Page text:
Living In a Pandemic – A Child’s Point of View 

Sarah Brendle, guest blogger

My name is Sarah Brendle. I have 3 children ages 11, 17, and 19. Below is an interview with my daughter, Phoebe. I asked her a few questions about how living during the pandemic of COVID-19 has affected her. Phoebe currently attends our public middle school in-person. She is in 6th grade. 

Sarah: Last year in 5th grade you began the year fully virtual. What was that like? 

Phoebe: Virtual was frustrating. There were a lot of technical issues. Other kids weren’t commenting or answering. I feel like I didn’t learn very much. 

Sarah: What was the worst part of being virtual?

Phoebe: It was annoying not seeing my friends. 

Sarah: Partway through last year you began going hybrid (2 days per week). How was that? 

Phoebe: Kids didn’t wear their masks right. Teachers were constantly telling them, “Pull your mask up” and “Put your mask back on”.  

Sarah: Were you nervous to be around more people at school after what you heard about COVID?  

Phoebe: I don’t worry about it too much. I don’t mind wearing my mask and I know to wash my hands. But when I don’t feel 100%, like if I have a runny nose or cough a few times, I get a little worried. 

Sarah: What do you do when you don’t feel 100%? 

Phoebe: I tell you. 

Sarah: This year you are in school full time. What is that like? 

Phoebe: The teachers are more used to everything now. We have assigned seats and we don’t get to do much partner work, but I like it much better than virtual. 

Sarah: How about other kids and their masks this year? 

Phoebe: Most of them accept them. Sometimes in the beginning (of masks being required) a few people had to be reminded to wear it, but it has improved. 

Sarah: You mentioned assigned seats. Is that just in the classrooms? 

Phoebe: It’s everywhere. On the bus, in classrooms, the cafeteria. I was upset the first day in the cafeteria because I didn’t know I was going to have to stay in the first seat I picked, and I didn’t have any friends near me. But now I have a new friend at lunch that I talk to. 

Sarah: Do you know why you have assigned seats? 

Phoebe: So they can do contact tracing. 

Sarah: Do other kids or your friends ever talk about COVID? 

Phoebe: Most kids don’t talk about it. If anyone says anything it’s usually something short. We would rather have fun.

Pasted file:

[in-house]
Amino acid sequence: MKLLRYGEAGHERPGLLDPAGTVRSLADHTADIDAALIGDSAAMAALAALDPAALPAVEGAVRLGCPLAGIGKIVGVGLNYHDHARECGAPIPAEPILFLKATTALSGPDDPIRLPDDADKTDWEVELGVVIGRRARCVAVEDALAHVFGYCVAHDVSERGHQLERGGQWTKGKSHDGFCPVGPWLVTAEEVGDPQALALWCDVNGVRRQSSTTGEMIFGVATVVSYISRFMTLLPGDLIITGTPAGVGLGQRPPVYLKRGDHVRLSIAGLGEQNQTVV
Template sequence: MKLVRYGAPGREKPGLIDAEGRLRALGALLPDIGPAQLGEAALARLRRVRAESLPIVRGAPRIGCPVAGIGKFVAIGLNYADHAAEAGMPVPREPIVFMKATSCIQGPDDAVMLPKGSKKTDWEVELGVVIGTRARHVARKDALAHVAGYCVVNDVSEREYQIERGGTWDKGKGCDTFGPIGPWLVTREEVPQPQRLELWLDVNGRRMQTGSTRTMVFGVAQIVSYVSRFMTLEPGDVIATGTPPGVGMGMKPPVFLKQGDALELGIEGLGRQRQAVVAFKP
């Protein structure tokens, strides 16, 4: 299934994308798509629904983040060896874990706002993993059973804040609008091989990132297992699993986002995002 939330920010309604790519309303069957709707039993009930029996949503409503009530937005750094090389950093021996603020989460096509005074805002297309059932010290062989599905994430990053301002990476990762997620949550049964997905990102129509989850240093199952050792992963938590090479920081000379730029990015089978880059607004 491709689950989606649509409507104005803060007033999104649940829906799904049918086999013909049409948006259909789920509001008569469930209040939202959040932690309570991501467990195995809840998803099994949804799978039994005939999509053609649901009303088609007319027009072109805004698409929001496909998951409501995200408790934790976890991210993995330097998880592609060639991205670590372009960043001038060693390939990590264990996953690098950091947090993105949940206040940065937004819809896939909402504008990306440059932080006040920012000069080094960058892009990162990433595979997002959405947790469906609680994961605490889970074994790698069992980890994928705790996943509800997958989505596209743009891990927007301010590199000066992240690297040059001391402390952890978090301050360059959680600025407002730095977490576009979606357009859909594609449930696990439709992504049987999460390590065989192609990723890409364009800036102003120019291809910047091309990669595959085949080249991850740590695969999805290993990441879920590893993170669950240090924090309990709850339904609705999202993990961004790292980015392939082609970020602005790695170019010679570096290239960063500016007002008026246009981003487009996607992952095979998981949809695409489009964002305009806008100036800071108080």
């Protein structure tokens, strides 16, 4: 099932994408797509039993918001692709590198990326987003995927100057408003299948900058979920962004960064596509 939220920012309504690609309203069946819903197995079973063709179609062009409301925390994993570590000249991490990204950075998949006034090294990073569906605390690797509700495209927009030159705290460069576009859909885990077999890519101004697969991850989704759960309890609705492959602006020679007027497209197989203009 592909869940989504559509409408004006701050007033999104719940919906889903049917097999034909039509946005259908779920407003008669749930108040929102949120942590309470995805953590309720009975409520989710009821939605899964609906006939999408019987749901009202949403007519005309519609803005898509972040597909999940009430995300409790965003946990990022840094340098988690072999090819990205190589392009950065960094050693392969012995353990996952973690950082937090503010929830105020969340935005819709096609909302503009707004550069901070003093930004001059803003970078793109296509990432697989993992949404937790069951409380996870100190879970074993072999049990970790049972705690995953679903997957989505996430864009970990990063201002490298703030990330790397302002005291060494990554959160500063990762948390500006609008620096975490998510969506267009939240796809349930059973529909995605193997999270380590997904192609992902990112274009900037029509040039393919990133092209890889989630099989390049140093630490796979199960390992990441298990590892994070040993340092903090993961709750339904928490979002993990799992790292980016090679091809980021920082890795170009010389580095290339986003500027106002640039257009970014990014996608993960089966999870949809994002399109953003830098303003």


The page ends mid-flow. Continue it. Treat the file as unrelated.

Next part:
Sarah: During the third week of school, I was told that you were placed in the incorrect math class for your ability level. Part of the reason this wasn’t realized earlier in the year, is one of the teachers that helps with scheduling was out of school for a week because she had COVID. The school gave you the option to change classes. What did you think about all this? 

Phoebe: Well, if someone would have known sooner it would have helped. When I started the new math class, I was really confused. My friends tried to help me, but it was hard. The teacher didn’t have a lot of time to work with me, so I got upset sometimes when I couldn’t do my homework. 

Sarah: We’re going to see your brother at college soon. To go to the football game there, you need to get a COVID test (since she can’t yet be vaccinated). Are you okay with that? 

Phoebe: I know why I need to get it, but I’m worried about them sticking something up my nose. But I want to go see him, so I know I need to do it. But I don’t think I have COVID. 

Sarah: How has your world changed because of the pandemic? 

Phoebe: For me, I go out less. Like, we don’t go many places and especially last year we saw people less. That was boring. But I think it’s different in every family. On my end, I understand what’s going on, so I’m able to understand why. 

It was interesting to hear Phoebe’s point of view on living during the pandemic. Many of her answers were what you would expect from a younger person. As a mom, though, I was proud that she seems to understand what’s happening (at least in her immediate world). Although she has a little anxiety at times, she knows she can come to me or her dad, or her friends, and be reassured. This is not the case for all children, as some are very fearful of what would happen if they or a loved one was diagnosed with COVID. Pay attention to the students in your class to see if you notice any extra aggression, frustration, or if they’re not participating as much. They may need a gentle reminder that we’re working through this together and they can talk to you or their parents if they get worried. 

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